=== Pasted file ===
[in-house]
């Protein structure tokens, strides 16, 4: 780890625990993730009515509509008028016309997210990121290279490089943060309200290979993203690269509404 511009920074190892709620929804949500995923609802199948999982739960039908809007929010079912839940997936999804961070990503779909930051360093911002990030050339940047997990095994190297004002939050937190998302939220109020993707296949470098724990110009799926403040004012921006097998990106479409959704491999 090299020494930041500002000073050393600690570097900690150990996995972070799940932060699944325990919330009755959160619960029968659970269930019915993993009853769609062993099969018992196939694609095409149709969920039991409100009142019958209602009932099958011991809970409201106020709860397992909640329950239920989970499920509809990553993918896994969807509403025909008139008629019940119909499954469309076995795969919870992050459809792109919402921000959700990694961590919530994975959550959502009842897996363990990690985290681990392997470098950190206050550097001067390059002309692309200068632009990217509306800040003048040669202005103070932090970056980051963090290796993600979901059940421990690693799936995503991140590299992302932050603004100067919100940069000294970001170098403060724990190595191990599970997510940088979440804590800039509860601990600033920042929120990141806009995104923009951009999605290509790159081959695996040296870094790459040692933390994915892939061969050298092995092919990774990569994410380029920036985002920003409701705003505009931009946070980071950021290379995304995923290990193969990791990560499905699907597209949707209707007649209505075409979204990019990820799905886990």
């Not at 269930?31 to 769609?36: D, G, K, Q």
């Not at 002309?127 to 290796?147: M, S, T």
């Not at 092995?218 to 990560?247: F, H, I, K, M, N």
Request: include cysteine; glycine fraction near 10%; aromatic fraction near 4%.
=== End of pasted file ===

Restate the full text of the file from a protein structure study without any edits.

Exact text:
[in-house]
């Protein structure tokens, strides 16, 4: 780890625990993730009515509509008028016309997210990121290279490089943060309200290979993203690269509404 511009920074190892709620929804949500995923609802199948999982739960039908809007929010079912839940997936999804961070990503779909930051360093911002990030050339940047997990095994190297004002939050937190998302939220109020993707296949470098724990110009799926403040004012921006097998990106479409959704491999 090299020494930041500002000073050393600690570097900690150990996995972070799940932060699944325990919330009755959160619960029968659970269930019915993993009853769609062993099969018992196939694609095409149709969920039991409100009142019958209602009932099958011991809970409201106020709860397992909640329950239920989970499920509809990553993918896994969807509403025909008139008629019940119909499954469309076995795969919870992050459809792109919402921000959700990694961590919530994975959550959502009842897996363990990690985290681990392997470098950190206050550097001067390059002309692309200068632009990217509306800040003048040669202005103070932090970056980051963090290796993600979901059940421990690693799936995503991140590299992302932050603004100067919100940069000294970001170098403060724990190595191990599970997510940088979440804590800039509860601990600033920042929120990141806009995104923009951009999605290509790159081959695996040296870094790459040692933390994915892939061969050298092995092919990774990569994410380029920036985002920003409701705003505009931009946070980071950021290379995304995923290990193969990791990560499905699907597209949707209707007649209505075409979204990019990820799905886990």
């Not at 269930?31 to 769609?36: D, G, K, Q």
């Not at 002309?127 to 290796?147: M, S, T």
């Not at 092995?218 to 990560?247: F, H, I, K, M, N």
Request: include cysteine; glycine fraction near 10%; aromatic fraction near 4%.